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Plum Yakima WA

Widely adapted, reliably prolific, more compact, and less demanding than most fruit trees, plums are a natural choice for the home grower. Plums are delicious cooked in jams, jellies, butters, sauces; baked in pies and coffee cakes; dried as prunes; or -- best of all -- eaten juicy fresh right off the tree. For the home gardener in Yakima, plums offer an additional bonus: the trees add a beautiful, graceful touch to any home landscape.

Cowiche Creek Nursery
(509) 678-4998
2401 Cowiche Mill Rd
Cowiche, WA

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Heritage Landscaping & Nursery
(509) 586-0744
2816 W. 27th Ave.
Kennewick, WA
 
Furneys Nursery Inc
(425) 747-8282
13427 NE 16th St
Bellevue, WA
 
Yard Marvel Mfg Co Inc
(509) 487-2428
5509 N Market St
Spokane, WA
 
Pacific Top Soils Inc
(360) 403-8523
5702 172nd St Ne
Arlington, WA

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Harstine Heirloom Gardens
(360) 427-2440
1190 E. Sunset Hill Road
Shelton, WA
 
Tower Perennial Gardens
(509) 448-6778
4010 E Jamieson Rd
Spokane, WA

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Peace of the Tropics
(425) 917-0803
12629 SE 169th St
Renton, WA

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Jade Mountain Bamboo
(253) 548-1129
5020 116th St E
Tacoma, WA

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Aitkens Salmon Creek Garden
(360) 573-4472
608 NW 119th St
Vancouver, WA
 
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Plum

Widely adapted, reliably prolific, more compact, and less demanding than most fruit trees, plums are a natural choice for the home grower. Plums are delicious cooked in jams, jellies, butters, sauces; baked in pies and coffee cakes; dried as prunes; or -- best of all -- eaten juicy fresh right off the tree. For the home gardener, plums offer an additional bonus: the trees add a beautiful, graceful touch to any home landscape.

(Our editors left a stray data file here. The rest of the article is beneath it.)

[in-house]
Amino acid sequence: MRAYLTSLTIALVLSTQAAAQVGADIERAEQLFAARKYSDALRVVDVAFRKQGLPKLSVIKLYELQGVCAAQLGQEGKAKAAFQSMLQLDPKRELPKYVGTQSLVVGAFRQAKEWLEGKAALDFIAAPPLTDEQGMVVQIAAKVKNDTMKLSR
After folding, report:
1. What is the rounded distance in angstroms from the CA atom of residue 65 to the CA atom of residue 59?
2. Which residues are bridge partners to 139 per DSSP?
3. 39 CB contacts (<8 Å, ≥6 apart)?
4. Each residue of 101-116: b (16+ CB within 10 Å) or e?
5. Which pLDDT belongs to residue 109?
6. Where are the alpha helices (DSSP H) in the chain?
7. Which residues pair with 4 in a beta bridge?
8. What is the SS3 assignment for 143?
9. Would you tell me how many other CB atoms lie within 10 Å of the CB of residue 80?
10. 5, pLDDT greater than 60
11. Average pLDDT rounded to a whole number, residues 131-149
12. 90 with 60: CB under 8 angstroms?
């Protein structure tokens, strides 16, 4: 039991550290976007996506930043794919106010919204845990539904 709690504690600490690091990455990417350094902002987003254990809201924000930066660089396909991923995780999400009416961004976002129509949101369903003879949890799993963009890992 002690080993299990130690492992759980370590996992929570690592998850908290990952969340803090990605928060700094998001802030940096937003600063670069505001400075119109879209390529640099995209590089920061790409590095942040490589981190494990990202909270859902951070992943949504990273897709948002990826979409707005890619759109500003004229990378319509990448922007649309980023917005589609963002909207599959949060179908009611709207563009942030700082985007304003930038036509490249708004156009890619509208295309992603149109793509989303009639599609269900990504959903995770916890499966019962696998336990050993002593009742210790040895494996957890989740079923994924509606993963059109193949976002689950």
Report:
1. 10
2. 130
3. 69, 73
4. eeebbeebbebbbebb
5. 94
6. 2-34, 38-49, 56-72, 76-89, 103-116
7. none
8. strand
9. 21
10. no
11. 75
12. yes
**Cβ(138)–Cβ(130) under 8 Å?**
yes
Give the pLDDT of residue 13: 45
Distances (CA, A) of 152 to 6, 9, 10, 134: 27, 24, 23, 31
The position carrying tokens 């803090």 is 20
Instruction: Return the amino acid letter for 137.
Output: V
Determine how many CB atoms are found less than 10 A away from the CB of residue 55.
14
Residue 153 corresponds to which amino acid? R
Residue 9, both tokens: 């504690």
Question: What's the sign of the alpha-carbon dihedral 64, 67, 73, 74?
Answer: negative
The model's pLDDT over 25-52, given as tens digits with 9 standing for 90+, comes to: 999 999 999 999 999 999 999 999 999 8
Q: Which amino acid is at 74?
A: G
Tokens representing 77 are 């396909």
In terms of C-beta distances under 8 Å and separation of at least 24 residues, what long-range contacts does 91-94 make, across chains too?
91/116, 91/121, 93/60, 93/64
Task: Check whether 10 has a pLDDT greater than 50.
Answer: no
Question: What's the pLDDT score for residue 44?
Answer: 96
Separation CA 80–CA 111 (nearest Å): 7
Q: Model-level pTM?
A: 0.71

About This Plant

Some plums are self-fertile but all plums will yield better if planted with a second variety for cross-pollination. Japanese plums need to cross-pollinate with other Japanese or American hybrid plums. Order bare-root, rather than potted trees, if possible. A well-established tree will yield up to 2 bushels of plums.

Site Selection

Select a site that offers loamy, well-drained soil in full sun. Avoid frost pockets.

Planting Instructions

Set bare-root trees atop a small mound of soil in the center of the planting hole, and spread the roots down and away without unduly bending them. Keep the graft union an inch above the soil line.For container-grown trees, remove the plant from its pot and eliminate circling roots by laying the root ball on its side and cutting through the roots with shears. Don't cover the top of the root-ball with backfill because it could prevent water from entering.Space standard-size varieties 20 to 25 feet apart, dwarfs 15 to 20 feet apart.

Care

Water young trees heavily every week through the first season. Train Japanese trees to an open center shape; train European trees to a conical shape with a central leader. Japanese plum trees benefit from a moderate fruit thinning; do not thin European plums unless the crop is especially heavy. Plums are relatively pest-free, but may be visited by the plum curculio, black knot disease, and brown rot. Contact your Cooperative Extension office for information on managing pests in your area.

Harvesting

Harvest European plums when they are tree-ripe. They will be a little soft and should come off easily with a slight twist. Late maturing varieties should be near ripe with firm flesh for storing for a few weeks. Pick Japanese plums slightly early and allow them to ripen in a cool place.

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